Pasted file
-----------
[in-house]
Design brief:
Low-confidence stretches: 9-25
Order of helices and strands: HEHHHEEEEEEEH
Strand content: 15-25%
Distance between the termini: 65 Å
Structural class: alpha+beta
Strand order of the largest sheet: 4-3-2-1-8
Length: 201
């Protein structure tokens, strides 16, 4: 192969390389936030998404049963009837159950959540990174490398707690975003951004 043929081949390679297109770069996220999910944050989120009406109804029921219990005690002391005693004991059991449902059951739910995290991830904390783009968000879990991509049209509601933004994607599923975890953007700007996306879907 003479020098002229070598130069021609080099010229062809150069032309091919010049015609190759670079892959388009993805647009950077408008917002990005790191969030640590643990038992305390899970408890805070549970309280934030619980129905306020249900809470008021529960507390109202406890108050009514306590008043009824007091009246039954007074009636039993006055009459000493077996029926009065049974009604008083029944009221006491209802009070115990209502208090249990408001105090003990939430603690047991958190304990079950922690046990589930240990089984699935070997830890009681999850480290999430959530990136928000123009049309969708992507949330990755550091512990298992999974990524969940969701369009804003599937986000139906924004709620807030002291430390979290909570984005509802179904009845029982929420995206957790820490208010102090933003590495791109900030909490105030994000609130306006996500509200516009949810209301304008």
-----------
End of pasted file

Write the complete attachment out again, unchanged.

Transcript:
[in-house]
Design brief:
Low-confidence stretches: 9-25
Order of helices and strands: HEHHHEEEEEEEH
Strand content: 15-25%
Distance between the termini: 65 Å
Structural class: alpha+beta
Strand order of the largest sheet: 4-3-2-1-8
Length: 201
């Protein structure tokens, strides 16, 4: 192969390389936030998404049963009837159950959540990174490398707690975003951004 043929081949390679297109770069996220999910944050989120009406109804029921219990005690002391005693004991059991449902059951739910995290991830904390783009968000879990991509049209509601933004994607599923975890953007700007996306879907 003479020098002229070598130069021609080099010229062809150069032309091919010049015609190759670079892959388009993805647009950077408008917002990005790191969030640590643990038992305390899970408890805070549970309280934030619980129905306020249900809470008021529960507390109202406890108050009514306590008043009824007091009246039954007074009636039993006055009459000493077996029926009065049974009604008083029944009221006491209802009070115990209502208090249990408001105090003990939430603690047991958190304990079950922690046990589930240990089984699935070997830890009681999850480290999430959530990136928000123009049309969708992507949330990755550091512990298992999974990524969940969701369009804003599937986000139906924004709620807030002291430390979290909570984005509802179904009845029982929420995206957790820490208010102090933003590495791109900030909490105030994000609130306006996500509200516009949810209301304008």